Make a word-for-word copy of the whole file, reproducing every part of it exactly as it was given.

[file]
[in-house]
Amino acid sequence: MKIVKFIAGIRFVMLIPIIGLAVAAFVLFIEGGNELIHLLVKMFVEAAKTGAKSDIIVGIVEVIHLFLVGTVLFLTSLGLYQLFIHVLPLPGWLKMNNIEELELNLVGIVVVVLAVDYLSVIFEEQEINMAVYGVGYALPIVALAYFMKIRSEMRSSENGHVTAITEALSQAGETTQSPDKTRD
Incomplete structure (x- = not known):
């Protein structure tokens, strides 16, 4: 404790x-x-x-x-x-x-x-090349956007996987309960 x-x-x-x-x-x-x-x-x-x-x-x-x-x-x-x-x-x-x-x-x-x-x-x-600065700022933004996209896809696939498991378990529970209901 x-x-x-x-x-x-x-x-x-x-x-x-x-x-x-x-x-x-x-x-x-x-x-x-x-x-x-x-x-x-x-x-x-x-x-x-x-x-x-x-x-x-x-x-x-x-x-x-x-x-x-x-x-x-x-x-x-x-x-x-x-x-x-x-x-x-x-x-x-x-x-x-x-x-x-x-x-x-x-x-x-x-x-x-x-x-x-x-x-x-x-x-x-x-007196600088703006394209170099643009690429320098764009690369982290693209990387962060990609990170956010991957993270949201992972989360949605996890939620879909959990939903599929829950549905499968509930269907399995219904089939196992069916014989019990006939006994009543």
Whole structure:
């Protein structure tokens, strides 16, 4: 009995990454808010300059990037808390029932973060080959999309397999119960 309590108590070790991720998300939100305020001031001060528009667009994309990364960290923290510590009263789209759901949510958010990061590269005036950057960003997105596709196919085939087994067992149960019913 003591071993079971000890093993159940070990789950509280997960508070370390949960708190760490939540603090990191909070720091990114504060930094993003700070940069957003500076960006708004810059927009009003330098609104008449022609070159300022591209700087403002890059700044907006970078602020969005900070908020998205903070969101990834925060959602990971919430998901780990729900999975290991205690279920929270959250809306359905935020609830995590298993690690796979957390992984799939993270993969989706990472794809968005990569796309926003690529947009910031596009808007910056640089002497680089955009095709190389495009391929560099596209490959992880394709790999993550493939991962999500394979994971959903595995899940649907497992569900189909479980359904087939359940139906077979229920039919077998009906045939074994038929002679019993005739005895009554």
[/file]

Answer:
[in-house]
Amino acid sequence: MKIVKFIAGIRFVMLIPIIGLAVAAFVLFIEGGNELIHLLVKMFVEAAKTGAKSDIIVGIVEVIHLFLVGTVLFLTSLGLYQLFIHVLPLPGWLKMNNIEELELNLVGIVVVVLAVDYLSVIFEEQEINMAVYGVGYALPIVALAYFMKIRSEMRSSENGHVTAITEALSQAGETTQSPDKTRD
Incomplete structure (x- = not known):
């Protein structure tokens, strides 16, 4: 404790x-x-x-x-x-x-x-090349956007996987309960 x-x-x-x-x-x-x-x-x-x-x-x-x-x-x-x-x-x-x-x-x-x-x-x-600065700022933004996209896809696939498991378990529970209901 x-x-x-x-x-x-x-x-x-x-x-x-x-x-x-x-x-x-x-x-x-x-x-x-x-x-x-x-x-x-x-x-x-x-x-x-x-x-x-x-x-x-x-x-x-x-x-x-x-x-x-x-x-x-x-x-x-x-x-x-x-x-x-x-x-x-x-x-x-x-x-x-x-x-x-x-x-x-x-x-x-x-x-x-x-x-x-x-x-x-x-x-x-x-007196600088703006394209170099643009690429320098764009690369982290693209990387962060990609990170956010991957993270949201992972989360949605996890939620879909959990939903599929829950549905499968509930269907399995219904089939196992069916014989019990006939006994009543």
Whole structure:
């Protein structure tokens, strides 16, 4: 009995990454808010300059990037808390029932973060080959999309397999119960 309590108590070790991720998300939100305020001031001060528009667009994309990364960290923290510590009263789209759901949510958010990061590269005036950057960003997105596709196919085939087994067992149960019913 003591071993079971000890093993159940070990789950509280997960508070370390949960708190760490939540603090990191909070720091990114504060930094993003700070940069957003500076960006708004810059927009009003330098609104008449022609070159300022591209700087403002890059700044907006970078602020969005900070908020998205903070969101990834925060959602990971919430998901780990729900999975290991205690279920929270959250809306359905935020609830995590298993690690796979957390992984799939993270993969989706990472794809968005990569796309926003690529947009910031596009808007910056640089002497680089955009095709190389495009391929560099596209490959992880394709790999993550493939991962999500394979994971959903595995899940649907497992569900189909479980359904087939359940139906077979229920039919077998009906045939074994038929002679019993005739005895009554």